But let's keep in mind that Moss abruptly retired last year because no one was interested in signing a player with situational dedication.
So why should anyone be less reluctant to sign him now?
Of course, looking at how unproductive Chad Ochocinco was with the Patriots this past season, even I acknowledge that Moss probably could have done better than the one touchdown Ochocinco scored. T.O., too, for that matter.
But although Moss claimed on Ustream that he doesn't have to be a No. 1 receiver for a new team this fall, it's difficult to buy that, in a matter of months, he's been transformed into a totally selfless player, that he's overcome his chronic propensity to self-destruct. Playing with the Patriots was Moss' opportunity to change his reputation; and for a time, it worked. But in the end, he reinforced every negative perception he'd established leading up to his time in New England. As much as he'd probably like to undo what happened with the Pats, he can't.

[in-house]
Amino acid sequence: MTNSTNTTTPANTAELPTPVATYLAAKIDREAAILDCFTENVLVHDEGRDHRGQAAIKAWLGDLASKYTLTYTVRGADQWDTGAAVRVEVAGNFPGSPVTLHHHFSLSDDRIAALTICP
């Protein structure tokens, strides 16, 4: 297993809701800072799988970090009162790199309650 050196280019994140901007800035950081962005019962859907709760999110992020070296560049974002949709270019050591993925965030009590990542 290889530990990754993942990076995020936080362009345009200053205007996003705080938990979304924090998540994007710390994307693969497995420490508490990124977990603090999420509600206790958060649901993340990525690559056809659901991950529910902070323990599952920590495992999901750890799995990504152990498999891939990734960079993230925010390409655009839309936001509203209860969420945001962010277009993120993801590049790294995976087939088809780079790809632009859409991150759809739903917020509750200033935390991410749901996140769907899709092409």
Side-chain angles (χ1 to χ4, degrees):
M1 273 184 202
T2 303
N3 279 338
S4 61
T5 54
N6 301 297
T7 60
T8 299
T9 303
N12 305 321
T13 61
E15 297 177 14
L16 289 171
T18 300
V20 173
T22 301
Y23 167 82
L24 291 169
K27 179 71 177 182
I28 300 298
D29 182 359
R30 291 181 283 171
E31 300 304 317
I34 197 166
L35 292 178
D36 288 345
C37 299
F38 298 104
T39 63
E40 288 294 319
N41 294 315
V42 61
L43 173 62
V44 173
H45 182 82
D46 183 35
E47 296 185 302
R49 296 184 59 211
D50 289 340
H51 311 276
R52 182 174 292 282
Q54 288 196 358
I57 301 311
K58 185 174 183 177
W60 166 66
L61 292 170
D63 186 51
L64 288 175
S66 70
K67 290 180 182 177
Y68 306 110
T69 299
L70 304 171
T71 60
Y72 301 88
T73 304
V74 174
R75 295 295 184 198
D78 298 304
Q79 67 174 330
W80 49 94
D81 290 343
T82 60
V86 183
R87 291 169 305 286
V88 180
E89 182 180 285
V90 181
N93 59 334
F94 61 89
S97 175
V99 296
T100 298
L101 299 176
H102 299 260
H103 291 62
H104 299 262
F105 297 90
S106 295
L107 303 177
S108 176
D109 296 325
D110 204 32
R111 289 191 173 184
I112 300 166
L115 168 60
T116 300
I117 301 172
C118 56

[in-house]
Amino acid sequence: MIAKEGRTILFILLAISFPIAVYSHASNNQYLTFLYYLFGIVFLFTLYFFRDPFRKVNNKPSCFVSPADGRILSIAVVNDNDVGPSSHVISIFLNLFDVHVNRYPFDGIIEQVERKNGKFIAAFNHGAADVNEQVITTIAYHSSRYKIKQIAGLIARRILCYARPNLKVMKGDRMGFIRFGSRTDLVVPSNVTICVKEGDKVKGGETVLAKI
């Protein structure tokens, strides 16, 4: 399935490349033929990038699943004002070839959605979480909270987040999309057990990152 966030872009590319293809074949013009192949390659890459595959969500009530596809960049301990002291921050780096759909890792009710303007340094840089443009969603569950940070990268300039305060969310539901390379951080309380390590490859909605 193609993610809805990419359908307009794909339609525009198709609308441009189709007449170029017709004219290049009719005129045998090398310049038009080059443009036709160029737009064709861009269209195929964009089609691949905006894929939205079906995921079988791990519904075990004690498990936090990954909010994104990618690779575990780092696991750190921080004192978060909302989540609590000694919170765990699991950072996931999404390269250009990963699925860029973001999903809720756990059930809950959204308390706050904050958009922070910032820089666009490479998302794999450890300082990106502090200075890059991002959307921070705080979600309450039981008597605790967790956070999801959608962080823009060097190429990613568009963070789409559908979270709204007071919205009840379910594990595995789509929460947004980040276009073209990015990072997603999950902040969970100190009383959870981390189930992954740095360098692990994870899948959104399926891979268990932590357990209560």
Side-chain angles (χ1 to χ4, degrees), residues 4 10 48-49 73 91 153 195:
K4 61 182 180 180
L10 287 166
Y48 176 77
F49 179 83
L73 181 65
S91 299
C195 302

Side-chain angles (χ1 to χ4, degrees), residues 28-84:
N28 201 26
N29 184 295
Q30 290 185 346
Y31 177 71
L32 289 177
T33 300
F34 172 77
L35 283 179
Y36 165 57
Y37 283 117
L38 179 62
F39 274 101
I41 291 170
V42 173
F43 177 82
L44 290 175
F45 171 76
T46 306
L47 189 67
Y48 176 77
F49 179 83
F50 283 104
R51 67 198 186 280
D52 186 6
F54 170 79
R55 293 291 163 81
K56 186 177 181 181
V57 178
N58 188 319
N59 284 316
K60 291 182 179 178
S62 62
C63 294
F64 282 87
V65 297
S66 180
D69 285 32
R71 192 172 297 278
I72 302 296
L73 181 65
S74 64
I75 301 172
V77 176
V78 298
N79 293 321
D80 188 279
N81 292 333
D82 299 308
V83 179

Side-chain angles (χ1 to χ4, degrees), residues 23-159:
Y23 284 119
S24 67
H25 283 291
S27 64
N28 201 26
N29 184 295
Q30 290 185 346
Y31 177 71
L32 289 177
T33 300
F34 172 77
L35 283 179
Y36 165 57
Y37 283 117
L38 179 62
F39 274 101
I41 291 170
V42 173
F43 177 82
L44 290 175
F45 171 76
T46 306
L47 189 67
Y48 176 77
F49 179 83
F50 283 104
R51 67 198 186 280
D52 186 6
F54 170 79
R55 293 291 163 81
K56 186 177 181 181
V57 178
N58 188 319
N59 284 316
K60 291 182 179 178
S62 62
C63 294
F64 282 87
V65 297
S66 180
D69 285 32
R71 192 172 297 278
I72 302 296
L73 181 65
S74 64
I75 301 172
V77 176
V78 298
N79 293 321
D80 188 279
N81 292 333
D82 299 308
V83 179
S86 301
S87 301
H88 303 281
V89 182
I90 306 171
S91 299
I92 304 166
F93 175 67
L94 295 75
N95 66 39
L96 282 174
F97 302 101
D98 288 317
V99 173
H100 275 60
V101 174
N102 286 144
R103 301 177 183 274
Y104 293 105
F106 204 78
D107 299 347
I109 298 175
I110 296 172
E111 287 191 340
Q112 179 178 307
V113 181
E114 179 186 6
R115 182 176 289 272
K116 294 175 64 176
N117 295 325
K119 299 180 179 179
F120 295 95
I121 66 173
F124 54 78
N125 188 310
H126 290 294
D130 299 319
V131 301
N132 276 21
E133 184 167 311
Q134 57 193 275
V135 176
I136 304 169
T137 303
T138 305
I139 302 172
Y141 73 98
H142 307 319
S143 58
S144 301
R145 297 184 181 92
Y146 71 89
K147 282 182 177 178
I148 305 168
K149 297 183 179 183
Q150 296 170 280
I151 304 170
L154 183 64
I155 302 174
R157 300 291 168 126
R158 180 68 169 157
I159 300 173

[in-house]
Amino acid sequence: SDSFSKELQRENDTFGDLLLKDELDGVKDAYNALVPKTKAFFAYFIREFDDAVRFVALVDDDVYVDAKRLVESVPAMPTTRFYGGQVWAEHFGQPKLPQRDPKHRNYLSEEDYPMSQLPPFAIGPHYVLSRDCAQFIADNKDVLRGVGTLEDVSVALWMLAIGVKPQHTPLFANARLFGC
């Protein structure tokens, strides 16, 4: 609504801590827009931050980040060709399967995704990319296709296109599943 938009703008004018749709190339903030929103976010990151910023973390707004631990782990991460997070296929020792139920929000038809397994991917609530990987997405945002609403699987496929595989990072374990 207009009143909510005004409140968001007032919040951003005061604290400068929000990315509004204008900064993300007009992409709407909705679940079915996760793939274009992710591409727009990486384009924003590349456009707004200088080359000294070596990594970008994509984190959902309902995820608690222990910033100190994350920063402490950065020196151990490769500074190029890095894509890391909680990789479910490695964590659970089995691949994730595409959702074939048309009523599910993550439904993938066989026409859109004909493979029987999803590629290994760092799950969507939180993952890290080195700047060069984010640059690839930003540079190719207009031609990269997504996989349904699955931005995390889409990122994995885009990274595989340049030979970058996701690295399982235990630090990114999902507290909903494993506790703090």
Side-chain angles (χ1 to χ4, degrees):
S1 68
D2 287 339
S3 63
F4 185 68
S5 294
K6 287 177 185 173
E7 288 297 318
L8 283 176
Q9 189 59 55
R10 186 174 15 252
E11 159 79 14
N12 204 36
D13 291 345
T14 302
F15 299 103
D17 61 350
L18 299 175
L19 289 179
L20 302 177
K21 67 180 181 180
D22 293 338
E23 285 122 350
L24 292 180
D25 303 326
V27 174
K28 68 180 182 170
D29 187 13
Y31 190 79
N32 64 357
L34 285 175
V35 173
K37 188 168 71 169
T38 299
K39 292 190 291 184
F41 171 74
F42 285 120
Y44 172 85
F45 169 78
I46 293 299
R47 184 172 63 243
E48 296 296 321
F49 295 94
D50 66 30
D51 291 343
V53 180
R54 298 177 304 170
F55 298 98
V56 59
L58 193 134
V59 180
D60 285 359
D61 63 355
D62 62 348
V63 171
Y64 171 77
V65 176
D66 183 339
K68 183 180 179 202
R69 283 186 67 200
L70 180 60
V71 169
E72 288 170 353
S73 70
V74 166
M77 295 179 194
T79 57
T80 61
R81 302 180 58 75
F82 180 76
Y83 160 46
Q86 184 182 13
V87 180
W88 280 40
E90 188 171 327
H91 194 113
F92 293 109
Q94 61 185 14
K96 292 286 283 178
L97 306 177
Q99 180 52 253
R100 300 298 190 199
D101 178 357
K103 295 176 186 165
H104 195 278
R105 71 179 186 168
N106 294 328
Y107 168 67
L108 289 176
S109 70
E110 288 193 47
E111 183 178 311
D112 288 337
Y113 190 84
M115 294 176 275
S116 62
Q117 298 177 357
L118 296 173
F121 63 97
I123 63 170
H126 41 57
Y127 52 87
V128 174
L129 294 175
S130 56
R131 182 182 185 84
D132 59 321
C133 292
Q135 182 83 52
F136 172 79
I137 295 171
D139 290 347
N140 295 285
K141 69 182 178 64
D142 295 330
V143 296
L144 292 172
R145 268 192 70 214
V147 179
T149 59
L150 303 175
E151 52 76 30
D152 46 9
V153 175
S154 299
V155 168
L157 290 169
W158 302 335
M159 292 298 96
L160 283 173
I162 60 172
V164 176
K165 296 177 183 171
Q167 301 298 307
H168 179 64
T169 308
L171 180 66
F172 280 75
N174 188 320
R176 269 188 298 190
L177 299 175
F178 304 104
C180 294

I'm not saying that Moss can't play. It's just unlikely that he can duplicate the statistics he put up with the Patriots. And if he's just another receiver, he isn't worth the risk.
Regardless of whether a team gives him another chance, Moss' place in history is assured. But his place in the NFL right now shouldn't be.
Jemele Hill can be reached at firstname.lastname@example.org.